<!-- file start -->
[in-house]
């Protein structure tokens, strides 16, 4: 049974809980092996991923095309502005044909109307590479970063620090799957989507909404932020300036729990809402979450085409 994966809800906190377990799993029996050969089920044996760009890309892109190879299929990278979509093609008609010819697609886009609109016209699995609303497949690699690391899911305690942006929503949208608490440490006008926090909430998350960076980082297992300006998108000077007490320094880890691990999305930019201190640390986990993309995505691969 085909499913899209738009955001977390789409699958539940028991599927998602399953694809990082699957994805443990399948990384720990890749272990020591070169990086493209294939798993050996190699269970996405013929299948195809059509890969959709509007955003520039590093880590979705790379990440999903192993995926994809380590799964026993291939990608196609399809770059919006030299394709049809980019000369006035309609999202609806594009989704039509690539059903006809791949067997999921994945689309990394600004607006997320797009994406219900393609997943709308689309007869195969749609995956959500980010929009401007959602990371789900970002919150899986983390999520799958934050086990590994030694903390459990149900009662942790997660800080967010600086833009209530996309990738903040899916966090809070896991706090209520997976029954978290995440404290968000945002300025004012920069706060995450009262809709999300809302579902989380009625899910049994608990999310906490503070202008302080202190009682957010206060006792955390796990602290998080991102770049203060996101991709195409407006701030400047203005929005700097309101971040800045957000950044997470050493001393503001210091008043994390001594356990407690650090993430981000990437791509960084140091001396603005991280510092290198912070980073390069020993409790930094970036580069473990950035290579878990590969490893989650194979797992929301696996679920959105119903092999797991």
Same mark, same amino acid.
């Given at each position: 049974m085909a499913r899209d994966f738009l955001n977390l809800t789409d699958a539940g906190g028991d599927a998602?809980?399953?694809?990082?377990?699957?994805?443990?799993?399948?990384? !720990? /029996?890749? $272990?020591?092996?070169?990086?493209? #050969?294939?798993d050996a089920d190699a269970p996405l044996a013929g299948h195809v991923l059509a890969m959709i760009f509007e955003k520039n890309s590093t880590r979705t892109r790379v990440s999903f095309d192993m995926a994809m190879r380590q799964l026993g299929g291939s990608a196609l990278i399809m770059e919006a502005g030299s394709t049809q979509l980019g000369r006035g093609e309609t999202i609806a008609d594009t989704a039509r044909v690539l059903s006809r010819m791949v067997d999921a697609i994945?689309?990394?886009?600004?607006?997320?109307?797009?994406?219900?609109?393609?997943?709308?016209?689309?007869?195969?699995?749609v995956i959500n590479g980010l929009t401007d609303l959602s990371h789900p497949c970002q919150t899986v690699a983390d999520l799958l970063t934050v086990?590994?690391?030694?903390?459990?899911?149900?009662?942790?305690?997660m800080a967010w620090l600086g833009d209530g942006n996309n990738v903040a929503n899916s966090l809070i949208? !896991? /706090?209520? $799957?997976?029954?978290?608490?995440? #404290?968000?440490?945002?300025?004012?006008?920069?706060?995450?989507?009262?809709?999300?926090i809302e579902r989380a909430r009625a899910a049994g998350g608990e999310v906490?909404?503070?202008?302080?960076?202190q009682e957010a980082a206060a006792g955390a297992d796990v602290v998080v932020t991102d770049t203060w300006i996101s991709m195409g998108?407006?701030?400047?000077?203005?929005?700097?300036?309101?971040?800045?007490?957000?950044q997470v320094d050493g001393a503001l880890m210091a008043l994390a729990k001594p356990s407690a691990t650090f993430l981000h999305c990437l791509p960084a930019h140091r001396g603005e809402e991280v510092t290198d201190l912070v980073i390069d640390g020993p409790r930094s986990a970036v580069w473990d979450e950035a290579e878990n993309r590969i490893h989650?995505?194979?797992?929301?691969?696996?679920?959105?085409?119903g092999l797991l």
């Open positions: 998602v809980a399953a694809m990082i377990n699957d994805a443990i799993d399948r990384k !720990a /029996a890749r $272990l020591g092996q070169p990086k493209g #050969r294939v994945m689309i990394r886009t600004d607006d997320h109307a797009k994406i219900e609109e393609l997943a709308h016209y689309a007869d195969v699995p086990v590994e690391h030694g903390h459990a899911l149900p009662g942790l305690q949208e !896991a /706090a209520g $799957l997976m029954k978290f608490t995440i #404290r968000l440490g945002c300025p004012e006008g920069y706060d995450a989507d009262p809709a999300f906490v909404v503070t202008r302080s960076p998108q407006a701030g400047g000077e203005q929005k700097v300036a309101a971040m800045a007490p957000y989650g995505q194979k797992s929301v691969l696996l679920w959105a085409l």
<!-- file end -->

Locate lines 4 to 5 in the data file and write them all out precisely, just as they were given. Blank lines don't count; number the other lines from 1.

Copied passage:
């Given at each position: 049974m085909a499913r899209d994966f738009l955001n977390l809800t789409d699958a539940g906190g028991d599927a998602?809980?399953?694809?990082?377990?699957?994805?443990?799993?399948?990384? !720990? /029996?890749? $272990?020591?092996?070169?990086?493209? #050969?294939?798993d050996a089920d190699a269970p996405l044996a013929g299948h195809v991923l059509a890969m959709i760009f509007e955003k520039n890309s590093t880590r979705t892109r790379v990440s999903f095309d192993m995926a994809m190879r380590q799964l026993g299929g291939s990608a196609l990278i399809m770059e919006a502005g030299s394709t049809q979509l980019g000369r006035g093609e309609t999202i609806a008609d594009t989704a039509r044909v690539l059903s006809r010819m791949v067997d999921a697609i994945?689309?990394?886009?600004?607006?997320?109307?797009?994406?219900?609109?393609?997943?709308?016209?689309?007869?195969?699995?749609v995956i959500n590479g980010l929009t401007d609303l959602s990371h789900p497949c970002q919150t899986v690699a983390d999520l799958l970063t934050v086990?590994?690391?030694?903390?459990?899911?149900?009662?942790?305690?997660m800080a967010w620090l600086g833009d209530g942006n996309n990738v903040a929503n899916s966090l809070i949208? !896991? /706090?209520? $799957?997976?029954?978290?608490?995440? #404290?968000?440490?945002?300025?004012?006008?920069?706060?995450?989507?009262?809709?999300?926090i809302e579902r989380a909430r009625a899910a049994g998350g608990e999310v906490?909404?503070?202008?302080?960076?202190q009682e957010a980082a206060a006792g955390a297992d796990v602290v998080v932020t991102d770049t203060w300006i996101s991709m195409g998108?407006?701030?400047?000077?203005?929005?700097?300036?309101?971040?800045?007490?957000?950044q997470v320094d050493g001393a503001l880890m210091a008043l994390a729990k001594p356990s407690a691990t650090f993430l981000h999305c990437l791509p960084a930019h140091r001396g603005e809402e991280v510092t290198d201190l912070v980073i390069d640390g020993p409790r930094s986990a970036v580069w473990d979450e950035a290579e878990n993309r590969i490893h989650?995505?194979?797992?929301?691969?696996?679920?959105?085409?119903g092999l797991l």
């Open positions: 998602v809980a399953a694809m990082i377990n699957d994805a443990i799993d399948r990384k !720990a /029996a890749r $272990l020591g092996q070169p990086k493209g #050969r294939v994945m689309i990394r886009t600004d607006d997320h109307a797009k994406i219900e609109e393609l997943a709308h016209y689309a007869d195969v699995p086990v590994e690391h030694g903390h459990a899911l149900p009662g942790l305690q949208e !896991a /706090a209520g $799957l997976m029954k978290f608490t995440i #404290r968000l440490g945002c300025p004012e006008g920069y706060d995450a989507d009262p809709a999300f906490v909404v503070t202008r302080s960076p998108q407006a701030g400047g000077e203005q929005k700097v300036a309101a971040m800045a007490p957000y989650g995505q194979k797992s929301v691969l696996l679920w959105a085409l």